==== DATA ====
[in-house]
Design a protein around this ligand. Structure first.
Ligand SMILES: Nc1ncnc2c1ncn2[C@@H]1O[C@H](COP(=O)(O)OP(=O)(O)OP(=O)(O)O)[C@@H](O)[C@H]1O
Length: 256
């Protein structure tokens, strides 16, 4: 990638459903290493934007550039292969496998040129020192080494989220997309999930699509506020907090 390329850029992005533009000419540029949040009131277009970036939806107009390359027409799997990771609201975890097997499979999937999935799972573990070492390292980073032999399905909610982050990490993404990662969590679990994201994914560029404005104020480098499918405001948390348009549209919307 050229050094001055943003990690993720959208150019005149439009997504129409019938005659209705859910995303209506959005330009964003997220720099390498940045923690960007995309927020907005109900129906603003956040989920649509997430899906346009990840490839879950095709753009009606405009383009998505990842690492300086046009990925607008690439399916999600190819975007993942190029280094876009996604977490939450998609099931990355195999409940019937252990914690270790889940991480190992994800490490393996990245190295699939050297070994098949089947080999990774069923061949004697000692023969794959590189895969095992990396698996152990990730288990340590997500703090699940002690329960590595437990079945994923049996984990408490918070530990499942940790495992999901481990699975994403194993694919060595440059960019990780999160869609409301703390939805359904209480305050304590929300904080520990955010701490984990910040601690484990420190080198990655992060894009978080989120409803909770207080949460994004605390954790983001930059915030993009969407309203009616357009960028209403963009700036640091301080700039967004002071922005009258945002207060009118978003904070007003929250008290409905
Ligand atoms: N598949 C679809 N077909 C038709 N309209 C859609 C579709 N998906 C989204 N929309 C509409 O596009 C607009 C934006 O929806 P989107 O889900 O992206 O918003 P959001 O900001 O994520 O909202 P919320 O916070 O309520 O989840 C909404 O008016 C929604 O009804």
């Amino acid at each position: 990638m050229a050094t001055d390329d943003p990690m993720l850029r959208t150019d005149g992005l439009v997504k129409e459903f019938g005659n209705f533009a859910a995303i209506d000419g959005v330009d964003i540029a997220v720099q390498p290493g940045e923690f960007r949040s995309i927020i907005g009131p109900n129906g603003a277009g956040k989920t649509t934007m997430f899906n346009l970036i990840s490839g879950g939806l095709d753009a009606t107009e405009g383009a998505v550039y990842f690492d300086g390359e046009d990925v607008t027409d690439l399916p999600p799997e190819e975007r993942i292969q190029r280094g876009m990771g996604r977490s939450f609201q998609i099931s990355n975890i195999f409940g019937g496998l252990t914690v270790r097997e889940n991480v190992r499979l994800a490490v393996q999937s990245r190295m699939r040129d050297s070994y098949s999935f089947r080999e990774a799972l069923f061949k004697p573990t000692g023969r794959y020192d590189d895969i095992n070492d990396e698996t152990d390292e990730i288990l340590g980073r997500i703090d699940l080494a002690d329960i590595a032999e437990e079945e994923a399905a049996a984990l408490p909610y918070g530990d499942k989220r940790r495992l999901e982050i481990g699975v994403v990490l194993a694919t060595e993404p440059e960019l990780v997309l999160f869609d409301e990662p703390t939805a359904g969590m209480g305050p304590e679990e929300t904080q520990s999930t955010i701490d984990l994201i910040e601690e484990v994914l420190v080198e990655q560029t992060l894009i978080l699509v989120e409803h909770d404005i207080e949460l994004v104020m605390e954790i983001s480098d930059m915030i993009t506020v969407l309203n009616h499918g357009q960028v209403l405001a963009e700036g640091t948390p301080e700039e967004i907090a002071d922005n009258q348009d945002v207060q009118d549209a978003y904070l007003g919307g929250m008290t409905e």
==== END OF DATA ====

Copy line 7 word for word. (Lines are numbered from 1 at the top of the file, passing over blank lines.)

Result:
């Amino acid at each position: 990638m050229a050094t001055d390329d943003p990690m993720l850029r959208t150019d005149g992005l439009v997504k129409e459903f019938g005659n209705f533009a859910a995303i209506d000419g959005v330009d964003i540029a997220v720099q390498p290493g940045e923690f960007r949040s995309i927020i907005g009131p109900n129906g603003a277009g956040k989920t649509t934007m997430f899906n346009l970036i990840s490839g879950g939806l095709d753009a009606t107009e405009g383009a998505v550039y990842f690492d300086g390359e046009d990925v607008t027409d690439l399916p999600p799997e190819e975007r993942i292969q190029r280094g876009m990771g996604r977490s939450f609201q998609i099931s990355n975890i195999f409940g019937g496998l252990t914690v270790r097997e889940n991480v190992r499979l994800a490490v393996q999937s990245r190295m699939r040129d050297s070994y098949s999935f089947r080999e990774a799972l069923f061949k004697p573990t000692g023969r794959y020192d590189d895969i095992n070492d990396e698996t152990d390292e990730i288990l340590g980073r997500i703090d699940l080494a002690d329960i590595a032999e437990e079945e994923a399905a049996a984990l408490p909610y918070g530990d499942k989220r940790r495992l999901e982050i481990g699975v994403v990490l194993a694919t060595e993404p440059e960019l990780v997309l999160f869609d409301e990662p703390t939805a359904g969590m209480g305050p304590e679990e929300t904080q520990s999930t955010i701490d984990l994201i910040e601690e484990v994914l420190v080198e990655q560029t992060l894009i978080l699509v989120e409803h909770d404005i207080e949460l994004v104020m605390e954790i983001s480098d930059m915030i993009t506020v969407l309203n009616h499918g357009q960028v209403l405001a963009e700036g640091t948390p301080e700039e967004i907090a002071d922005n009258q348009d945002v207060q009118d549209a978003y904070l007003g919307g929250m008290t409905e």